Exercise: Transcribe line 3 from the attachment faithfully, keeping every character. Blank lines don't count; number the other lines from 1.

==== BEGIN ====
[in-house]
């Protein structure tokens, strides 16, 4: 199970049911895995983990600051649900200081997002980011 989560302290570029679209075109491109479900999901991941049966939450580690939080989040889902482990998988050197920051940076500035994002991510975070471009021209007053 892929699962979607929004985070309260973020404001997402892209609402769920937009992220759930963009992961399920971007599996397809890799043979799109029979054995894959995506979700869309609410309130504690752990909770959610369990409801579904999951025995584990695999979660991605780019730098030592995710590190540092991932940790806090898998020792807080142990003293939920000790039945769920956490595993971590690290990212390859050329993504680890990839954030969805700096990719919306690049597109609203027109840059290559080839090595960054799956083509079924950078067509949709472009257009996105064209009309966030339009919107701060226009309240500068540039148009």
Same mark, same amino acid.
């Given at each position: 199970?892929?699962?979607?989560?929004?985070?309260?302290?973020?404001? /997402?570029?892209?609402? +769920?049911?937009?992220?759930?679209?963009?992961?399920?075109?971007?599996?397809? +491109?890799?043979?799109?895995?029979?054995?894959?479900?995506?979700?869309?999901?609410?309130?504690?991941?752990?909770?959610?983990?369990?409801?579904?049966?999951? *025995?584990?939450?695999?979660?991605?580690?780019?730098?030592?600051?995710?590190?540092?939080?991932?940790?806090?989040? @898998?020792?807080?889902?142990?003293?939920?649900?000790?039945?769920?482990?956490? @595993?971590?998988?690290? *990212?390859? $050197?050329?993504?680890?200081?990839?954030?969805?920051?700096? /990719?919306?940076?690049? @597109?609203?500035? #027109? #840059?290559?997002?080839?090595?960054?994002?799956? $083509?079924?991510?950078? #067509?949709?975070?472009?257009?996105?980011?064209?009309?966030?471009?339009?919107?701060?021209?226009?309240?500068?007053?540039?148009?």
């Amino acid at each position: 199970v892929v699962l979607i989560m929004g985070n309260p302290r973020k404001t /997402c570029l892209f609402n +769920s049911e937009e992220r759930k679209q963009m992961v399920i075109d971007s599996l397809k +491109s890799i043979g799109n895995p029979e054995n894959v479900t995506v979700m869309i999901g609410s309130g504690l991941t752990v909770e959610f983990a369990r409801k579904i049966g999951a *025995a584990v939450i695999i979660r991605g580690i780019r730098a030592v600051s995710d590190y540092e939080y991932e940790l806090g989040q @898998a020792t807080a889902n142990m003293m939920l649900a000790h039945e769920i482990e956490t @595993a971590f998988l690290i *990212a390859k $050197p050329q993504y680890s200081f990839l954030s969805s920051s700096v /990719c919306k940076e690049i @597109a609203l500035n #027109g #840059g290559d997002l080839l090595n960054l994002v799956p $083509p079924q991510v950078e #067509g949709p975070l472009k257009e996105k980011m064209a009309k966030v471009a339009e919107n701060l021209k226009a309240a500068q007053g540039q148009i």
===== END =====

Same mark, same amino acid.